Let’s get this out of the way first. This post will mostly be about Sylvanian families. This is because:
- I LOVE them
- They were the only toys I ever really got for Christmas
- I LOVE them
- One of my blogeagues has just been named as a ‘friend of Sylvanian’ families and has challenged me to a ‘I’ll show you mine, if you show me yours’ Sylvanian post
You can read about Sadhbh’s wonderful ambassador news here, but while I was reading I got to thinking about all the associations I have with these quaint little toys. And when I get to thinking all sorts of sparky things happen in my head and I come up with many (questionable) observations. Which you my dear reader, are subjected to.
So take a minute. And think about the toys you used to get. What did you veer towards in the toy book? What had you waking at 4am to dash down to the sitting room and decimate the packaging? What do your toy choices say about you? And did they teach you any lessons that you have brought with you into your adult life?
Using my Sylvanian Family experience here are four ways my Christmas toys affected the rest of my life. I’ll disperse pictures of these joy-inspired fur Gods throughout. Because why wouldn’t you?
- You learn the art of patience
Spare a thought for the children of today. Back in our day (old voice) Christmas didn’t kick in till, oh December or so, and even then the waiting was horrific. Every week seemed like a year, every day, like a month. Nowadays, with Christmas starting in October (eeeessshhh) the countdown must seem like a prison sentence for kiddies. Spending the days poring over the back pages of the Argos catalogue is one way of getting through the soul destroying countdown to
day you get your hands on the loot Christmas.
At some stage in my youthful life a Sylvanian Families catalogue appeared. This was a small booklet with pages and pages of the families laid out with their individual names and the accessories and toys that they lived in. Christians have the Bible. Muslims have the Quran. Sylvaniants have THE CATALOGUE.
I learned the art of patience but I also learned the art of study. I knew all the families, I knew all their names, I knew exactly what I was getting for the next three Christmas’. Because this was the 80s. There were no gifts mid-year.
2. You learn the pain of loss
I can still remember it. The missing-ness. The emptiness. The space in the box where the parts should be. It was a few days after Christmas and I was six. Santa had brought the caravan, occupied by the Badger family and pulled along by a little grey horse. I set up the caravan and laid out all the different parts. The cupboard. The stove. The blanky for the bed. But, search as I might, there a few pieces missing. Cups. Cutlery. A whole other cupboard. They weren’t in the box. They weren’t in the kitchen. They weren’t anywhere. In fact, they were never to be found.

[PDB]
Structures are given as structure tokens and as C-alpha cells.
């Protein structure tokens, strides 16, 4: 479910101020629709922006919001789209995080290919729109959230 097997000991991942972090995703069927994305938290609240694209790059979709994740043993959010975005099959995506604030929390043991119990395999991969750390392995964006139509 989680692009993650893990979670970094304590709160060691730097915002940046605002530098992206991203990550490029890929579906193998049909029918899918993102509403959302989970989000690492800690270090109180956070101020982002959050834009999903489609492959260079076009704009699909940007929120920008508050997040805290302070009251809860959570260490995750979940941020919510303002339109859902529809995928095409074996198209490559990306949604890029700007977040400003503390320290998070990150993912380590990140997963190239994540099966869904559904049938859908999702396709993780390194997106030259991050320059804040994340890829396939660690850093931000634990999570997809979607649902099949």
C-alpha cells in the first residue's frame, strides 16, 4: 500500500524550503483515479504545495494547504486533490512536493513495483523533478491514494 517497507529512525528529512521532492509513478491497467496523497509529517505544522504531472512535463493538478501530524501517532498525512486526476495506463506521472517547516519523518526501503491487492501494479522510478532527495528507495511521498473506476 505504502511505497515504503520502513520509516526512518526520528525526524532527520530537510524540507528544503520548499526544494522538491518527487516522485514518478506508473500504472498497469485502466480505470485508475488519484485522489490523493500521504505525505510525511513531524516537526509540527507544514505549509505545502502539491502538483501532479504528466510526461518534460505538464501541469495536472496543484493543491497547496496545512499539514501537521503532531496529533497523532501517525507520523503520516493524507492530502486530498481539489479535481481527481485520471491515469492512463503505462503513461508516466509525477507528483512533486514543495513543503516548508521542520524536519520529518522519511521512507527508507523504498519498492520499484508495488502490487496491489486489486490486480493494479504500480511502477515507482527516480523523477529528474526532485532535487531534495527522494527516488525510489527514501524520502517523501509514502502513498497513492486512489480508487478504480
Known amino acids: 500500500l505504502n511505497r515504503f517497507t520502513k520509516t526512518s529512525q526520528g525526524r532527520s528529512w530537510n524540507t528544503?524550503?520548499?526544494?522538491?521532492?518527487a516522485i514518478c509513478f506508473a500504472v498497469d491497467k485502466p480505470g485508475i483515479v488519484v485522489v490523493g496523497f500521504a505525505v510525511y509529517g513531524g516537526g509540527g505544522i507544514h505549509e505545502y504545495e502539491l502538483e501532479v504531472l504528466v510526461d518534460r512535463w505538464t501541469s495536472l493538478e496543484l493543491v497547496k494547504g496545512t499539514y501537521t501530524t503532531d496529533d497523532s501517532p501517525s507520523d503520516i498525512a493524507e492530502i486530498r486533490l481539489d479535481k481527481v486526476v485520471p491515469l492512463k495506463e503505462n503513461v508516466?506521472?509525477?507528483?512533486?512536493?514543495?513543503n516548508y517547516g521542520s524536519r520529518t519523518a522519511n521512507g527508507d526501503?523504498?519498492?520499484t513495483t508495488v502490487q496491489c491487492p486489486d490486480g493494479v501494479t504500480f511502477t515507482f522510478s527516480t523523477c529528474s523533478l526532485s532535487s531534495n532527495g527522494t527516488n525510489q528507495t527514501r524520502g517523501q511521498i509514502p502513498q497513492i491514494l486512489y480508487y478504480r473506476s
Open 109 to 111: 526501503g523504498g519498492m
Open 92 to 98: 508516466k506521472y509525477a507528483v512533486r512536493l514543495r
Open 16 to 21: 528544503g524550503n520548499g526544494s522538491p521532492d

“But Daddy,” I wailed after he had given up helping me to search for the missing parts. “What are you going to do about it?”
He laughed and explained that there was nothing he could do. If they were lost, they were lost. It was the first time I realised that Mammies and Daddies can’t fix everything. Sometimes balloons blow away. Sometimes little parts of Sylvanian Family toy sets get mistakenly thrown in the bin and are never to be found. Sometimes there is loss and that is life. (Still not over it).
3. You learn that not everyone is the same as you
When friends came over, we would set up my collection, carefully placing each item where it was meant to go. When we were all set up and playdate friend would want to actually start ‘playing’ with the toys, I would put a small hand on theirs and shake my head. These toys were too precious to play with – we should mostly just look. It was safer that way. What if something got broken? What if – something went MISSING? And so the playdate would cautiously reach for the Barbies, throwing their eyes up to heaven, wondering if their mother was coming to pick them up soon and take them away from this eight year old freak. But, my dedication to safety paid off. Every single one of my collection looks like the the day it came out of the box in the 1980s. It was just a matter of sacrificing a few lifelong friendships along the way. They had the craic with the Barbies and their Mr Frosty’s and their pogo sticks. But I had my Sylvanian Families. And still do.
4. You learn where your talents might lie
When I think about my family and friends and the toys they got for Christmas, I realise it indicated where their path in life might go. (This is not foolproof. I did not become a medal winning showjumper on a white Sindy horse. Nor a fashion jewellery designer) But Sylvanian Families do represent something I am still fascinated by and something that is still part of my life. They are replicas of miniature social historians, living an early 20th century life. I’m pretty sure the family names are weaving their way through the historical fiction I write. Do any of your toys relate to your adult interests? Sport? Mothering? Reading? Art? Bet there’s a few hairdressers out there who were gifted the grotesqueness of the hairy Barbie head. Am I correct??
So there you have it. While you’re choosing your gifts for your little childers this year, take a moment and think: where in life will this lead them? Could a science kit interest them in experiments? Could another football keep up their love for sport? Could those craft kits set them on a path to a future fashion business? Because you never know, do you?